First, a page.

When the printing press hit Europe, royalty and clergy panicked.
All of a sudden, they had lost the gatekeeper position of determining what culture and knowledge was available to the masses, and by extension, lost control of the political discourse of their time.
At the time, different regimes reacted differently to the threat. France reacted by banning book shops altogether and banning the use of the printing press under penalty of death. The ban was utterly ineffective. (Yes, you read that right: the penalty for unauthorized copying has been escalated as far as the death penalty, still without effect.)
On the other side of the British Channel, Mary I had inherited a Protestant England from her father, who had converted the entire country from Catholicism just in order to divorce her mother (and moved on to marry a half-dozen other women in sequence). Mary wasn’t very happy with the treatment of her mother and had been raised a Catholic; she saw it as her duty to convert England back to Catholicism, no matter the cost in blood.
She took the throne from her cousin in 1553 and started a crackdown on political dissidents that still to this day earns her the nickname “Bloody Mary”. In the time, there was no difference between political and religious dissent – it was a war of power, superficially over Catholicism or Protestantism. Over 280 dissenters were burned alive on Mary I’s orders as a warning to others.
In this environment, she sought a further means to suppress free speech and political dissent. Seeing how France’s death penalty against the printing press had failed miserably, she instead opted for an unholy alliance between capital and the crown. Mary I handed out a printing monopoly on May 4, 1557 to the London Company of Stationers. In return for a lucrative monopoly of printing everything in England, the company would agree to not print anything the Crown’s censors deemed politically insubordinate.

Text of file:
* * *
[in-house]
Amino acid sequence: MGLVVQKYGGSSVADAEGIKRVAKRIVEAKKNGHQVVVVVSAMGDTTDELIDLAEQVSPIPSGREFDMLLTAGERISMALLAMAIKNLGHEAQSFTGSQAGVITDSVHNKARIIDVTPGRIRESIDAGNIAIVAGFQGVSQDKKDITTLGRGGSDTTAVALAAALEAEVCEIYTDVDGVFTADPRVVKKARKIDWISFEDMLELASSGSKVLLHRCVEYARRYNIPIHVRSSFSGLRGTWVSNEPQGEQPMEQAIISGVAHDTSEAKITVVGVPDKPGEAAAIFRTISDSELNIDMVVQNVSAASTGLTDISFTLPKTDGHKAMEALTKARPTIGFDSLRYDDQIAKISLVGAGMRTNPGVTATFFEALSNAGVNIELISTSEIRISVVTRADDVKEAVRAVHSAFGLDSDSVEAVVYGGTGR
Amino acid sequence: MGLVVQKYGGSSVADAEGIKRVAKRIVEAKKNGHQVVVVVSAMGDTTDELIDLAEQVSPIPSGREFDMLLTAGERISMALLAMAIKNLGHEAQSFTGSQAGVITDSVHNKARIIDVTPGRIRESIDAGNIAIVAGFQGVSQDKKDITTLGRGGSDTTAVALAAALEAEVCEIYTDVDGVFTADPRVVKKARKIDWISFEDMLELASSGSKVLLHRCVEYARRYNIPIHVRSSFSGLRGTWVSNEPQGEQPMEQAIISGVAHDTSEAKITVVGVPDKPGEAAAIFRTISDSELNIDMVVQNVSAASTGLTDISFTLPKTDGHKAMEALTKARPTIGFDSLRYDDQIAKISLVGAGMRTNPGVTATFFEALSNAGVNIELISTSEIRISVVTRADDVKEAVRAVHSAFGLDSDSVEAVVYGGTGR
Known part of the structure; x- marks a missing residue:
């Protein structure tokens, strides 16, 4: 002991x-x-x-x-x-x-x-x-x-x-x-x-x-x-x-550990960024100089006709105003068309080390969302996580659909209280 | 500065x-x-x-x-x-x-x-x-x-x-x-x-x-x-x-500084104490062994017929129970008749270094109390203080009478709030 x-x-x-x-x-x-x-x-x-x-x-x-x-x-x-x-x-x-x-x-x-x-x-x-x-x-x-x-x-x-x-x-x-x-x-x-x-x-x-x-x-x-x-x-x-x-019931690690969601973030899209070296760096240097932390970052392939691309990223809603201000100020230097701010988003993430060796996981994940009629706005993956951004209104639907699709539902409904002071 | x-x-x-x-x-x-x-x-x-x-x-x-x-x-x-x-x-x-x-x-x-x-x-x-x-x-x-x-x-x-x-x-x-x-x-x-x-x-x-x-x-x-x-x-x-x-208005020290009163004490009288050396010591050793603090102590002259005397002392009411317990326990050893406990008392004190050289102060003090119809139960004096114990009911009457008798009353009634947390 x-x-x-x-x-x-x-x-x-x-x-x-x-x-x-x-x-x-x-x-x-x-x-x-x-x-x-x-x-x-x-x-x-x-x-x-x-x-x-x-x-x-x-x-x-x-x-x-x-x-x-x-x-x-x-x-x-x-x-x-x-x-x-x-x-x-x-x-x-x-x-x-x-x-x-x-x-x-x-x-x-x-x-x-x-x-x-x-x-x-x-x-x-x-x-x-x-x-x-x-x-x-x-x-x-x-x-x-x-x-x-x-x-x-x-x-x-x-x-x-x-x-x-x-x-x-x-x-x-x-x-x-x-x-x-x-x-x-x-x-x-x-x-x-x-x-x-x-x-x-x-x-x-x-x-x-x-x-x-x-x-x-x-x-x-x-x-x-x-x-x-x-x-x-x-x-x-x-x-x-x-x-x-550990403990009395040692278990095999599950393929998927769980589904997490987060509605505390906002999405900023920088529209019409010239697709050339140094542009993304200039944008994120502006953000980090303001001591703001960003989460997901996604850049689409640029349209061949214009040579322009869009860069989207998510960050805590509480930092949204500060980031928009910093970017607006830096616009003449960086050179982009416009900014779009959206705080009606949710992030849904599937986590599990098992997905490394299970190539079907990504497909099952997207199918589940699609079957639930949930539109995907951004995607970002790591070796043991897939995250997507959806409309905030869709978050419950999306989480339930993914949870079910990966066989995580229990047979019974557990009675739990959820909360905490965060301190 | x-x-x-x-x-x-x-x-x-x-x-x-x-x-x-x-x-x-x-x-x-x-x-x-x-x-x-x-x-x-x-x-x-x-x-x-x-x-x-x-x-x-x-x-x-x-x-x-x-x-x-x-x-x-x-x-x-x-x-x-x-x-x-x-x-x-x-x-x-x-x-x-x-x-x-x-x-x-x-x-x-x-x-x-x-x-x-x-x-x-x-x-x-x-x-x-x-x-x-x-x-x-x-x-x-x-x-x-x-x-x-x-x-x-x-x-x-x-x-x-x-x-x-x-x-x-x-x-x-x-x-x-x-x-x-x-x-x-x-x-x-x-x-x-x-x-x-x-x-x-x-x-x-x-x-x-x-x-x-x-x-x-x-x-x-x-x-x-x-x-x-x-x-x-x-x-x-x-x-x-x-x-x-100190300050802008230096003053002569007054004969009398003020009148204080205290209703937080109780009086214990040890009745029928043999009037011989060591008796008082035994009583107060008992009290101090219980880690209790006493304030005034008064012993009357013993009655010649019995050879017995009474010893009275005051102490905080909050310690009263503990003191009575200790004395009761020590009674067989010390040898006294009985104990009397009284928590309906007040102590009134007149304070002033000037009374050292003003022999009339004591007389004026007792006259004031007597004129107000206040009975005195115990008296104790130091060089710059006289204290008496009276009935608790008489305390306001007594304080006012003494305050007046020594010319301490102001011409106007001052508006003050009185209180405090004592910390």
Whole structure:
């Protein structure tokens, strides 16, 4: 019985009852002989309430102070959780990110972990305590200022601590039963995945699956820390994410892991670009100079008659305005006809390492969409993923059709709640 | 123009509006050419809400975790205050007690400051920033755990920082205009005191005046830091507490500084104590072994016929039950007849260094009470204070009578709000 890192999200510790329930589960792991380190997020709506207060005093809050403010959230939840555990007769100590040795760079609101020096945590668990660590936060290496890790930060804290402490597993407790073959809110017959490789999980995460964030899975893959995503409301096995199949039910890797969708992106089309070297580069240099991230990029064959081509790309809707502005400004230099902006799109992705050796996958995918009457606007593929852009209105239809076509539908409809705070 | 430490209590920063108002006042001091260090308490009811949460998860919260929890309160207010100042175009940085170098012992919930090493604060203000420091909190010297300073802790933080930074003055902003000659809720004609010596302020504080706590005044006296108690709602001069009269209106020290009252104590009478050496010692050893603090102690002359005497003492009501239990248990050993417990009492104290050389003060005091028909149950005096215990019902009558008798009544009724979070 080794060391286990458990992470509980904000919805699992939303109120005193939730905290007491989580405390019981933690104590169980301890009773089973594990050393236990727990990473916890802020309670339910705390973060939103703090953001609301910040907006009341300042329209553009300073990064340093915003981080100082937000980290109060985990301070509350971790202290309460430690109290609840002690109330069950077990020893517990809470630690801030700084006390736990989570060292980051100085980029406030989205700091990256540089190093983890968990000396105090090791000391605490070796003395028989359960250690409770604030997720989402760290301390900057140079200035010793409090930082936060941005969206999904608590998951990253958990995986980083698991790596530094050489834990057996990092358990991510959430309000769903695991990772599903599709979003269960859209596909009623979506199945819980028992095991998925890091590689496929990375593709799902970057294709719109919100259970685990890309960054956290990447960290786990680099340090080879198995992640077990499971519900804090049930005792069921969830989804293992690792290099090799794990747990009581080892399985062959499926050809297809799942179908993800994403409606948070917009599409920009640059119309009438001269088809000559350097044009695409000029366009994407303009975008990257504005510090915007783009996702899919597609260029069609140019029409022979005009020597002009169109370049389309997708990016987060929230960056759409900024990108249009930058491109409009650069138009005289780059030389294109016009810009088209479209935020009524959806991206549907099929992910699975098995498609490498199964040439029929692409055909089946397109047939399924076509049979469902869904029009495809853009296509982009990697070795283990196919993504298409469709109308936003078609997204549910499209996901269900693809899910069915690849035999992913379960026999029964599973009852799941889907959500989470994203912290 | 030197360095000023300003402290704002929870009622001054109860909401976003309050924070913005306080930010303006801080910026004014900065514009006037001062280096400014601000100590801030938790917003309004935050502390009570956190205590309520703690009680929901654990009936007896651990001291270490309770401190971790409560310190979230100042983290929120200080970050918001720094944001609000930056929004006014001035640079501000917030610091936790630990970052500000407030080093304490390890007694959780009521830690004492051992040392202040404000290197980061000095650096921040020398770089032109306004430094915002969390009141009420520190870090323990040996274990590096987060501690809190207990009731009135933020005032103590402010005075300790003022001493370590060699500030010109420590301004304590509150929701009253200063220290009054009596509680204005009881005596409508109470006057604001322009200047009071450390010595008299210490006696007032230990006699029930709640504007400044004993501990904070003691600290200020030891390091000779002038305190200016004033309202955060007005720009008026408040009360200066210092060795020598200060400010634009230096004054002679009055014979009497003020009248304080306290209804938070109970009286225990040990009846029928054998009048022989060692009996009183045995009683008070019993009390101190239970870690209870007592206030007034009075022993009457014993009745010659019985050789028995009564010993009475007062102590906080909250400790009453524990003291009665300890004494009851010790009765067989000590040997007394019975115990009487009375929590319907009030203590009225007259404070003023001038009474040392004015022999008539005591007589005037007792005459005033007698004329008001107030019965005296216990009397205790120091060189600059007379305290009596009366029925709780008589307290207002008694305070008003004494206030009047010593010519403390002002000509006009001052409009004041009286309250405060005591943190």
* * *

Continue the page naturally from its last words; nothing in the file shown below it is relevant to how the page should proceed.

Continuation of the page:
The scheme worked to suppress dissent and free thought, and censorship was successfully introduced. The monopoly was called copyright, the word from an internal registry with the London Company of Stationers. Thus, the unholy alliance of the copyright monopoly was forged in the blood of political dissent.
Mary I of England ultimately failed in her efforts to restore Catholicism, dying the following year and being succeeded by her protestant half-sister Elizabeth I. Her invention of censorship known as the copyright monopoly, however, survives to this day.
Still to this day, the copyright monopoly is used to prevent political dissent from being published. There are many examples, but the recent example of the oil company Neste Oil using the copyright monopoly to kill a Greenpeace protest against the oil company is one of the most telling and typical examples.
Unfortunately, there are hundreds and thousands more examples of how this monopoly remains in use as a political censorship tool.